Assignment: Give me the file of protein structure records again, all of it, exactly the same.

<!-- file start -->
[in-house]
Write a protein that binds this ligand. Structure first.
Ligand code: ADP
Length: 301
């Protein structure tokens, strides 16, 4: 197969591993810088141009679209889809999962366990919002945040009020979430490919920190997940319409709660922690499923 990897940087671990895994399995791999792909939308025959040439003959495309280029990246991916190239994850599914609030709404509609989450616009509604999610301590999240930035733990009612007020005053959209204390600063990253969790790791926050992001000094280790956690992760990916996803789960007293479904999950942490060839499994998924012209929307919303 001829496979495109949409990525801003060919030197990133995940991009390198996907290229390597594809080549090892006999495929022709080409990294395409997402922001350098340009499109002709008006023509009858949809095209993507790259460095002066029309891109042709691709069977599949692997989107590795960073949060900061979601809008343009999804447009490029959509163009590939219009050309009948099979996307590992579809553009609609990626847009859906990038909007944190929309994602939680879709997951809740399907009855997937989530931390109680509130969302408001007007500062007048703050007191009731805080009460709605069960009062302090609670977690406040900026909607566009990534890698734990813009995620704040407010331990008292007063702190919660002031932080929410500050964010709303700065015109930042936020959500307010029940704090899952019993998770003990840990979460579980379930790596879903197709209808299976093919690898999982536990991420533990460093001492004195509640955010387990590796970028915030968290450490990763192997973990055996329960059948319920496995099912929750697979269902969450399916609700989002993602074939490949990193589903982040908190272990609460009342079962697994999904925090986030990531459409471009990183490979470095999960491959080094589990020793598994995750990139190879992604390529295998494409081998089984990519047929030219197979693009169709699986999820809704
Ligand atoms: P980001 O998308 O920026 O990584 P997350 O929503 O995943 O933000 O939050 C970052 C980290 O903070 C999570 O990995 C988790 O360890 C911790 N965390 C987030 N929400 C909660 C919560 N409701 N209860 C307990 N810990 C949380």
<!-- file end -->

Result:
[in-house]
Write a protein that binds this ligand. Structure first.
Ligand code: ADP
Length: 301
């Protein structure tokens, strides 16, 4: 197969591993810088141009679209889809999962366990919002945040009020979430490919920190997940319409709660922690499923 990897940087671990895994399995791999792909939308025959040439003959495309280029990246991916190239994850599914609030709404509609989450616009509604999610301590999240930035733990009612007020005053959209204390600063990253969790790791926050992001000094280790956690992760990916996803789960007293479904999950942490060839499994998924012209929307919303 001829496979495109949409990525801003060919030197990133995940991009390198996907290229390597594809080549090892006999495929022709080409990294395409997402922001350098340009499109002709008006023509009858949809095209993507790259460095002066029309891109042709691709069977599949692997989107590795960073949060900061979601809008343009999804447009490029959509163009590939219009050309009948099979996307590992579809553009609609990626847009859906990038909007944190929309994602939680879709997951809740399907009855997937989530931390109680509130969302408001007007500062007048703050007191009731805080009460709605069960009062302090609670977690406040900026909607566009990534890698734990813009995620704040407010331990008292007063702190919660002031932080929410500050964010709303700065015109930042936020959500307010029940704090899952019993998770003990840990979460579980379930790596879903197709209808299976093919690898999982536990991420533990460093001492004195509640955010387990590796970028915030968290450490990763192997973990055996329960059948319920496995099912929750697979269902969450399916609700989002993602074939490949990193589903982040908190272990609460009342079962697994999904925090986030990531459409471009990183490979470095999960491959080094589990020793598994995750990139190879992604390529295998494409081998089984990519047929030219197979693009169709699986999820809704
Ligand atoms: P980001 O998308 O920026 O990584 P997350 O929503 O995943 O933000 O939050 C970052 C980290 O903070 C999570 O990995 C988790 O360890 C911790 N965390 C987030 N929400 C909660 C919560 N409701 N209860 C307990 N810990 C949380």